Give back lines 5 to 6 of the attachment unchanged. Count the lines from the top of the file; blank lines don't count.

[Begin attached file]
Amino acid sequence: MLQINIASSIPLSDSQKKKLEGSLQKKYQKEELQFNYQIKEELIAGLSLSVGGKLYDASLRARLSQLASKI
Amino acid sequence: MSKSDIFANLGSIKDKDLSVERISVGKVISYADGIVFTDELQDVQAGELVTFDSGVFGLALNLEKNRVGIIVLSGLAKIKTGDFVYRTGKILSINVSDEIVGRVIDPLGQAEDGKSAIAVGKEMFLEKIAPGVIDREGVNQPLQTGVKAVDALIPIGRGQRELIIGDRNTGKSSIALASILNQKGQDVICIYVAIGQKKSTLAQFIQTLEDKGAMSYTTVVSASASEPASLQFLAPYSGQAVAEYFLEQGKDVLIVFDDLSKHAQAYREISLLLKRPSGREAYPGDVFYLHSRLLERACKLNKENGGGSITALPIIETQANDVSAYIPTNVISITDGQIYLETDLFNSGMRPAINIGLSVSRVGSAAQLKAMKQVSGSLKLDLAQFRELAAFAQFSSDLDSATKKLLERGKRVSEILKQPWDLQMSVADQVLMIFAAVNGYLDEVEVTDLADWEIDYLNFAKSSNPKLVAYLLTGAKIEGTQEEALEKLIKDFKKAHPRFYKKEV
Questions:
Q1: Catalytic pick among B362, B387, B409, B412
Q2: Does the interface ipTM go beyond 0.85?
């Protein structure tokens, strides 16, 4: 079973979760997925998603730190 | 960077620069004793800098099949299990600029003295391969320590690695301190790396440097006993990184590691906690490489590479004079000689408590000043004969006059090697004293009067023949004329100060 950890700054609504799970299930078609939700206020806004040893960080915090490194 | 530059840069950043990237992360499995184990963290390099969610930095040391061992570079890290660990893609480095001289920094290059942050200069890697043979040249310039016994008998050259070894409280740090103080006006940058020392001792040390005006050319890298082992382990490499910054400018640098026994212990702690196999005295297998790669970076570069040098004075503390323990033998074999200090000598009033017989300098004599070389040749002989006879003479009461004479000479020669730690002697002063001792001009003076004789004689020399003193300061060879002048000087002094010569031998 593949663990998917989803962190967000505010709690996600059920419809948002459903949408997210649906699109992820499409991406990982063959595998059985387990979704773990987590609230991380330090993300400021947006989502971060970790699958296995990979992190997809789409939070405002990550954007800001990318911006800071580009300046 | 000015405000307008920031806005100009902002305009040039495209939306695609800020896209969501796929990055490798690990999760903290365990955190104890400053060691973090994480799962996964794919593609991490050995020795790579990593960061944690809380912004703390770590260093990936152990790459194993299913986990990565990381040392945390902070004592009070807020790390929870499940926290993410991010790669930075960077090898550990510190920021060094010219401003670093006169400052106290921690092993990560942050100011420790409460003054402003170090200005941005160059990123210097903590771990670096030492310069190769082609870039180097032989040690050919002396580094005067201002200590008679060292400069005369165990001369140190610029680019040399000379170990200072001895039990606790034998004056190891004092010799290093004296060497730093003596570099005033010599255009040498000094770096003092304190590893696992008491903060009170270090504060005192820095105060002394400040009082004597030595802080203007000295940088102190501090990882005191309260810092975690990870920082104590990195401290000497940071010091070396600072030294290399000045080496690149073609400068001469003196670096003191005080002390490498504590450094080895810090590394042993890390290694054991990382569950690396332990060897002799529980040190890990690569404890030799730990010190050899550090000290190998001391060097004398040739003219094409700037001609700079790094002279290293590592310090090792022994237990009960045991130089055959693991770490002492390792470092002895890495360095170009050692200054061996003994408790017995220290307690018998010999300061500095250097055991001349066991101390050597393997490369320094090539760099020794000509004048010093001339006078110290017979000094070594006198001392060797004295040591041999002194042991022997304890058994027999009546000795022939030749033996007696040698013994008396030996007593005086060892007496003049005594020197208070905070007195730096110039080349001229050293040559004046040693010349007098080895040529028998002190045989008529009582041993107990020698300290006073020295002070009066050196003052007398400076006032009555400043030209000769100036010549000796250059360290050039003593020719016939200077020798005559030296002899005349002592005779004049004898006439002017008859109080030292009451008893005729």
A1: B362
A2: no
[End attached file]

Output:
Q2: Does the interface ipTM go beyond 0.85?
């Protein structure tokens, strides 16, 4: 079973979760997925998603730190 | 960077620069004793800098099949299990600029003295391969320590690695301190790396440097006993990184590691906690490489590479004079000689408590000043004969006059090697004293009067023949004329100060 950890700054609504799970299930078609939700206020806004040893960080915090490194 | 530059840069950043990237992360499995184990963290390099969610930095040391061992570079890290660990893609480095001289920094290059942050200069890697043979040249310039016994008998050259070894409280740090103080006006940058020392001792040390005006050319890298082992382990490499910054400018640098026994212990702690196999005295297998790669970076570069040098004075503390323990033998074999200090000598009033017989300098004599070389040749002989006879003479009461004479000479020669730690002697002063001792001009003076004789004689020399003193300061060879002048000087002094010569031998 593949663990998917989803962190967000505010709690996600059920419809948002459903949408997210649906699109992820499409991406990982063959595998059985387990979704773990987590609230991380330090993300400021947006989502971060970790699958296995990979992190997809789409939070405002990550954007800001990318911006800071580009300046 | 000015405000307008920031806005100009902002305009040039495209939306695609800020896209969501796929990055490798690990999760903290365990955190104890400053060691973090994480799962996964794919593609991490050995020795790579990593960061944690809380912004703390770590260093990936152990790459194993299913986990990565990381040392945390902070004592009070807020790390929870499940926290993410991010790669930075960077090898550990510190920021060094010219401003670093006169400052106290921690092993990560942050100011420790409460003054402003170090200005941005160059990123210097903590771990670096030492310069190769082609870039180097032989040690050919002396580094005067201002200590008679060292400069005369165990001369140190610029680019040399000379170990200072001895039990606790034998004056190891004092010799290093004296060497730093003596570099005033010599255009040498000094770096003092304190590893696992008491903060009170270090504060005192820095105060002394400040009082004597030595802080203007000295940088102190501090990882005191309260810092975690990870920082104590990195401290000497940071010091070396600072030294290399000045080496690149073609400068001469003196670096003191005080002390490498504590450094080895810090590394042993890390290694054991990382569950690396332990060897002799529980040190890990690569404890030799730990010190050899550090000290190998001391060097004398040739003219094409700037001609700079790094002279290293590592310090090792022994237990009960045991130089055959693991770490002492390792470092002895890495360095170009050692200054061996003994408790017995220290307690018998010999300061500095250097055991001349066991101390050597393997490369320094090539760099020794000509004048010093001339006078110290017979000094070594006198001392060797004295040591041999002194042991022997304890058994027999009546000795022939030749033996007696040698013994008396030996007593005086060892007496003049005594020197208070905070007195730096110039080349001229050293040559004046040693010349007098080895040529028998002190045989008529009582041993107990020698300290006073020295002070009066050196003052007398400076006032009555400043030209000769100036010549000796250059360290050039003593020719016939200077020798005559030296002899005349002592005779004049004898006439002017008859109080030292009451008893005729």